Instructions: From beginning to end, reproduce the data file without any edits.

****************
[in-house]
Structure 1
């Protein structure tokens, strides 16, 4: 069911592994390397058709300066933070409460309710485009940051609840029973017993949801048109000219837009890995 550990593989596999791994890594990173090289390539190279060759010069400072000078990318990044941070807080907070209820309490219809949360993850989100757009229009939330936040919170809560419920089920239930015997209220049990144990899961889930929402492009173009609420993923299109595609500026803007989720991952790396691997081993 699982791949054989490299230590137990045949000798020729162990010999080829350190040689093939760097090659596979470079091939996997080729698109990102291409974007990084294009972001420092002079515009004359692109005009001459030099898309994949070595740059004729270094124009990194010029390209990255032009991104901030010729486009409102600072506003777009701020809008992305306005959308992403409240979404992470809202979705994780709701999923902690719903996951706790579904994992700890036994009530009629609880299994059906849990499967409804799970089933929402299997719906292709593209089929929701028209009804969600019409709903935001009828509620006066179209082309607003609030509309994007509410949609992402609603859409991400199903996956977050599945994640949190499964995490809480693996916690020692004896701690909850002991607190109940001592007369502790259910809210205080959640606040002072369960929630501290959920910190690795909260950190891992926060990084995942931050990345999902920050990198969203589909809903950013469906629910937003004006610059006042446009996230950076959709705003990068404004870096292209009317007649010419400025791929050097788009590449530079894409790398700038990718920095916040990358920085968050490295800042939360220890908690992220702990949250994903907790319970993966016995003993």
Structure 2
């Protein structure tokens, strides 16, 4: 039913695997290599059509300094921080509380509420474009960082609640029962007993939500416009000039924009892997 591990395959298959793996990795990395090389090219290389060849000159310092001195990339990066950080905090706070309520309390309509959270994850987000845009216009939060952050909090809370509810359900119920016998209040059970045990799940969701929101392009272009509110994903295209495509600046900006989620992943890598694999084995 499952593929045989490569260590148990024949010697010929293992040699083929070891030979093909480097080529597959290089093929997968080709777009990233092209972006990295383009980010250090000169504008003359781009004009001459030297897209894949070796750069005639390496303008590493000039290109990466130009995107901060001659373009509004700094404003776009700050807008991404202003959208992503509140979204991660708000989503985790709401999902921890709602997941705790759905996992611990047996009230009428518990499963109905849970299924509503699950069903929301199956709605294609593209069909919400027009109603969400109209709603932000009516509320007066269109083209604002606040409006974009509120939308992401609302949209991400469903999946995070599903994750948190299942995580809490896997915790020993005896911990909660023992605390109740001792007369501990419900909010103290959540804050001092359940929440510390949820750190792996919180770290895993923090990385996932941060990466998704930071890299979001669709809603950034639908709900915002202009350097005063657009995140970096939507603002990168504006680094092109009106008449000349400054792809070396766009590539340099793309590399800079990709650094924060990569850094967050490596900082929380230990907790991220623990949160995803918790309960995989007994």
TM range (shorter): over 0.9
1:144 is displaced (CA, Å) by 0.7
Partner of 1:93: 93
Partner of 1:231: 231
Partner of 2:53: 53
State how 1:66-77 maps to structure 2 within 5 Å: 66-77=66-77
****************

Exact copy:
[in-house]
Structure 1
């Protein structure tokens, strides 16, 4: 069911592994390397058709300066933070409460309710485009940051609840029973017993949801048109000219837009890995 550990593989596999791994890594990173090289390539190279060759010069400072000078990318990044941070807080907070209820309490219809949360993850989100757009229009939330936040919170809560419920089920239930015997209220049990144990899961889930929402492009173009609420993923299109595609500026803007989720991952790396691997081993 699982791949054989490299230590137990045949000798020729162990010999080829350190040689093939760097090659596979470079091939996997080729698109990102291409974007990084294009972001420092002079515009004359692109005009001459030099898309994949070595740059004729270094124009990194010029390209990255032009991104901030010729486009409102600072506003777009701020809008992305306005959308992403409240979404992470809202979705994780709701999923902690719903996951706790579904994992700890036994009530009629609880299994059906849990499967409804799970089933929402299997719906292709593209089929929701028209009804969600019409709903935001009828509620006066179209082309607003609030509309994007509410949609992402609603859409991400199903996956977050599945994640949190499964995490809480693996916690020692004896701690909850002991607190109940001592007369502790259910809210205080959640606040002072369960929630501290959920910190690795909260950190891992926060990084995942931050990345999902920050990198969203589909809903950013469906629910937003004006610059006042446009996230950076959709705003990068404004870096292209009317007649010419400025791929050097788009590449530079894409790398700038990718920095916040990358920085968050490295800042939360220890908690992220702990949250994903907790319970993966016995003993």
Structure 2
């Protein structure tokens, strides 16, 4: 039913695997290599059509300094921080509380509420474009960082609640029962007993939500416009000039924009892997 591990395959298959793996990795990395090389090219290389060849000159310092001195990339990066950080905090706070309520309390309509959270994850987000845009216009939060952050909090809370509810359900119920016998209040059970045990799940969701929101392009272009509110994903295209495509600046900006989620992943890598694999084995 499952593929045989490569260590148990024949010697010929293992040699083929070891030979093909480097080529597959290089093929997968080709777009990233092209972006990295383009980010250090000169504008003359781009004009001459030297897209894949070796750069005639390496303008590493000039290109990466130009995107901060001659373009509004700094404003776009700050807008991404202003959208992503509140979204991660708000989503985790709401999902921890709602997941705790759905996992611990047996009230009428518990499963109905849970299924509503699950069903929301199956709605294609593209069909919400027009109603969400109209709603932000009516509320007066269109083209604002606040409006974009509120939308992401609302949209991400469903999946995070599903994750948190299942995580809490896997915790020993005896911990909660023992605390109740001792007369501990419900909010103290959540804050001092359940929440510390949820750190792996919180770290895993923090990385996932941060990466998704930071890299979001669709809603950034639908709900915002202009350097005063657009995140970096939507603002990168504006680094092109009106008449000349400054792809070396766009590539340099793309590399800079990709650094924060990569850094967050490596900082929380230990907790991220623990949160995803918790309960995989007994």
TM range (shorter): over 0.9
1:144 is displaced (CA, Å) by 0.7
Partner of 1:93: 93
Partner of 1:231: 231
Partner of 2:53: 53
State how 1:66-77 maps to structure 2 within 5 Å: 66-77=66-77